You’re The Worst: “The Last Sunday Funday” Season 3 Episode 6 Review

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You’re the Worst ends an annual tradition on a high note.

Sunday Funday episodes have easily been a highlight of each season of You’re the Worst, but as each one ends there’s always been a lingering feeling of nervousness. Just how are they going to top this next year? The gang has gone from dealing with hilarious hipster copycats, to an absolutely insane haunted house, and this year things get even more insane with a scavenger hunt to end all scavenger hunts. Series creator Stephen Falk, who wrote this week’s episode, certainly pulled out all of the stops, and with good reason. It seems this Sunday Funday will be the show’s last.

Having the gang end their weekly Sunday drinking tradition merely because they’re outgrowing it is a simple enough concept, and it works. These characters have been through a lot since last year, and it makes sense that they’re entering a new chapter of their lives where new traditions will come into place. Still, there needed to be a proper sendoff, and boy did we get one.

“The Last Sunday Funday” sees Gretchen leading everyone on a quest to find a mysterious speakeasy bar. Said quest involves using the Dewey Decimal system, a mysterious man with a brief case, QR codes on the side of random vans—how very 2016—and, most importantly, a group of hispanic actors posing as a family that everyone terrorizes.

It’s a madcap journey for sure, and watching the gang trying to piece together various clues as things get weirder and weirder is a comedic delight. Yet, as with the previous Sunday Funday episodes, the real heart of the narrative comes from characters using the day to work through things that have been building up all season.

The best part of this is Edgar, who’s spectacular solo episode from last week is not forgotten in the wake of all the shenanigans. In one spectacular sequence, the gang lets him try “immersion therapy” in Chinatown by having him surrounded by loud, exploding fireworks that would normally set off his PTSD. Edgar’s paranoia is subdued by some pot he’s been smoking all day, which even he admits is a temporary and illegal fix. Still, it’s heartwarming to see Edgar actually follow through on taking control of his own problems, and watching as his friends rally around him in support.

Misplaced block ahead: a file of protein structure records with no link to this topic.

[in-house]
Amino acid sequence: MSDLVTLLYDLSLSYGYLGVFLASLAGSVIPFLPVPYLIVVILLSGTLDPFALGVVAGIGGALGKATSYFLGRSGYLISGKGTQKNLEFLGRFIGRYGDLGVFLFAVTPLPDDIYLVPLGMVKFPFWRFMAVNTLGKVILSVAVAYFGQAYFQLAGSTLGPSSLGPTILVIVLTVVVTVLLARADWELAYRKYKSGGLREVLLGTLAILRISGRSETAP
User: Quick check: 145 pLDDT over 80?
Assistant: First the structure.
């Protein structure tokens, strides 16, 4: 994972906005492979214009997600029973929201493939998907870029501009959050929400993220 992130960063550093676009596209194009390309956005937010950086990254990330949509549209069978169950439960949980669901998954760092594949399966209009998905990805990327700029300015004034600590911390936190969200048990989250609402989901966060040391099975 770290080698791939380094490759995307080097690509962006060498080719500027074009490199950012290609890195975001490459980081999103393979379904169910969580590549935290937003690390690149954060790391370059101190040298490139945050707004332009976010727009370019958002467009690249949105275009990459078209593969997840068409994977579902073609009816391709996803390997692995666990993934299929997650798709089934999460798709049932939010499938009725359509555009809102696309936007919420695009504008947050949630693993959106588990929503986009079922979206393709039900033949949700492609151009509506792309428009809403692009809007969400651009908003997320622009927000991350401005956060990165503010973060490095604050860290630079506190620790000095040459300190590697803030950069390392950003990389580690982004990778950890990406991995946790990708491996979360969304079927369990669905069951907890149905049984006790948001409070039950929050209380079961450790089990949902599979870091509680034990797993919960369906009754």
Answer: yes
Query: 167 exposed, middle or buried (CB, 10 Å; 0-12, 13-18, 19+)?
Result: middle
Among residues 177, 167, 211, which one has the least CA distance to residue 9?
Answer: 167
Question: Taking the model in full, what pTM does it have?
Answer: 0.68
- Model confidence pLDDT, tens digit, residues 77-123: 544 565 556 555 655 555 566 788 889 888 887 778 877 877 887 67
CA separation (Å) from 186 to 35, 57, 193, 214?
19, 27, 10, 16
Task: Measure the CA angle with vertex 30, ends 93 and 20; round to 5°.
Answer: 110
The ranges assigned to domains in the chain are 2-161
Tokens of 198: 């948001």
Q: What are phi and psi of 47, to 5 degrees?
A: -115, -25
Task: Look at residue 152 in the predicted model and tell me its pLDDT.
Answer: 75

Speaking of following through, Lindsay and Gretchen spend a majority of the episode fighting because Gretchen is tired of hearing Lindsay complain about her husband and not do anything to make a change. She’s absolutely right, but that doesn’t stop their arguments from being some of the funniest parts of the episode (the scene in which they physically fight each other in the background of Jimmy’s epic speech is amazing).

Unfortunately, Lindsay’s confession that she wants to have an open relationship with Paul doesn’t land as solidly as Aya Cash and Kether Donohue’s physical comedy. It’s clear that Lindsay’s been burying her true feelings about her marriage for a while now, but her desire to be polyamorous seems to have come out of nowhere. I was expecting her to demand that Paul take an interest in things she wants to do, but didn’t realize that that would involve her sleeping with other men. I feel like her confrontation seen was too short for this moment to really hit home, but I’m nonetheless interested in where this will take them during the rest of the season. So far, Paul has been blissfully unaware of his wife’s disappointment, and now it feels like Lindsay will be ignoring what Paul really wants, which is an intriguing flip.

Finally, “The Last Sunday Funday” sees Jimmy try to suppress his obvious interest in the scavenger hunt, which becomes more amusing as the clues get more and more intricate and high-concept. His glee when they finally find the secret bar—which, ingeniously, is hidden behind a secret door in the fake jail cell that everyone gets thrown in after terrorizing the fake hispanic family—is great, but what really makes this narrative stand out is how he and Gretchen just wanted to make each other happy. After a series of ups and downs involving her depression and his father’s death, it’s nice that they could end this tradition in a moment of genuine love for each other.

Overall, “The Last Sunday Funday” feels bittersweet. I have no doubt that Falk and his team of writers could’ve come up with even crazier hijinks for the gang to get into next year. At the same time, I think that if this really is the end of their weekly drinking tradition, they really had a great last hurrah. Grade: A-


Some Other Notes:

  • The scene of everyone ransacking the hispanic family’s house is honestly so hysterical and an excellent showcase for the cast’s prowess for physical comedy. That alone makes this episode worth re-watching.
  • I love that the speakeasy ends up charging $42 for two Rye Manhattans. Typical “trend” bars.
  • Lindsay once again had the episode’s best lines, especially: “I have to Gone Girl myself and start over where nobody knows me and I’m the hottest girl by millions, because you know, Hollywood.”


By Mike Papirmeister

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